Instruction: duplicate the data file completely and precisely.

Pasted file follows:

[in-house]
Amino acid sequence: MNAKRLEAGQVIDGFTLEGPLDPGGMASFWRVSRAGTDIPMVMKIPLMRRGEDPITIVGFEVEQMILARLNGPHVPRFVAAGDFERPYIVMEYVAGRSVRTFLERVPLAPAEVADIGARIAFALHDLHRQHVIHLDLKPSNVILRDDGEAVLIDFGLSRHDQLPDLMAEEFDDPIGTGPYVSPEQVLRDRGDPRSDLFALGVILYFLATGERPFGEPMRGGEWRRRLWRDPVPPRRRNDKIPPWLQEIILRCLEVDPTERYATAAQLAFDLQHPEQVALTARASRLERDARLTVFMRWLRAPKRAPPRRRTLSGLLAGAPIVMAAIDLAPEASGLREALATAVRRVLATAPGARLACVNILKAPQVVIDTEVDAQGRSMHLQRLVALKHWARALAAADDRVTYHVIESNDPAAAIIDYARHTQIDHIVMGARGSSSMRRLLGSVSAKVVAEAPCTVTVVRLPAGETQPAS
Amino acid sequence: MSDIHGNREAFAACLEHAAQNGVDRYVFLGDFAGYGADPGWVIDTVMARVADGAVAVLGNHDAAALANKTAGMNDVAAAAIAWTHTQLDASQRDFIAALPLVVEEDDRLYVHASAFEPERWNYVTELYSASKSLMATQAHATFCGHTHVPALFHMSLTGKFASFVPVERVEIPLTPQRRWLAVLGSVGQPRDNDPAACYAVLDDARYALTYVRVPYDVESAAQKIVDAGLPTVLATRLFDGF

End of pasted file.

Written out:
[in-house]
Amino acid sequence: MNAKRLEAGQVIDGFTLEGPLDPGGMASFWRVSRAGTDIPMVMKIPLMRRGEDPITIVGFEVEQMILARLNGPHVPRFVAAGDFERPYIVMEYVAGRSVRTFLERVPLAPAEVADIGARIAFALHDLHRQHVIHLDLKPSNVILRDDGEAVLIDFGLSRHDQLPDLMAEEFDDPIGTGPYVSPEQVLRDRGDPRSDLFALGVILYFLATGERPFGEPMRGGEWRRRLWRDPVPPRRRNDKIPPWLQEIILRCLEVDPTERYATAAQLAFDLQHPEQVALTARASRLERDARLTVFMRWLRAPKRAPPRRRTLSGLLAGAPIVMAAIDLAPEASGLREALATAVRRVLATAPGARLACVNILKAPQVVIDTEVDAQGRSMHLQRLVALKHWARALAAADDRVTYHVIESNDPAAAIIDYARHTQIDHIVMGARGSSSMRRLLGSVSAKVVAEAPCTVTVVRLPAGETQPAS
Amino acid sequence: MSDIHGNREAFAACLEHAAQNGVDRYVFLGDFAGYGADPGWVIDTVMARVADGAVAVLGNHDAAALANKTAGMNDVAAAAIAWTHTQLDASQRDFIAALPLVVEEDDRLYVHASAFEPERWNYVTELYSASKSLMATQAHATFCGHTHVPALFHMSLTGKFASFVPVERVEIPLTPQRRWLAVLGSVGQPRDNDPAACYAVLDDARYALTYVRVPYDVESAAQKIVDAGLPTVLATRLFDGF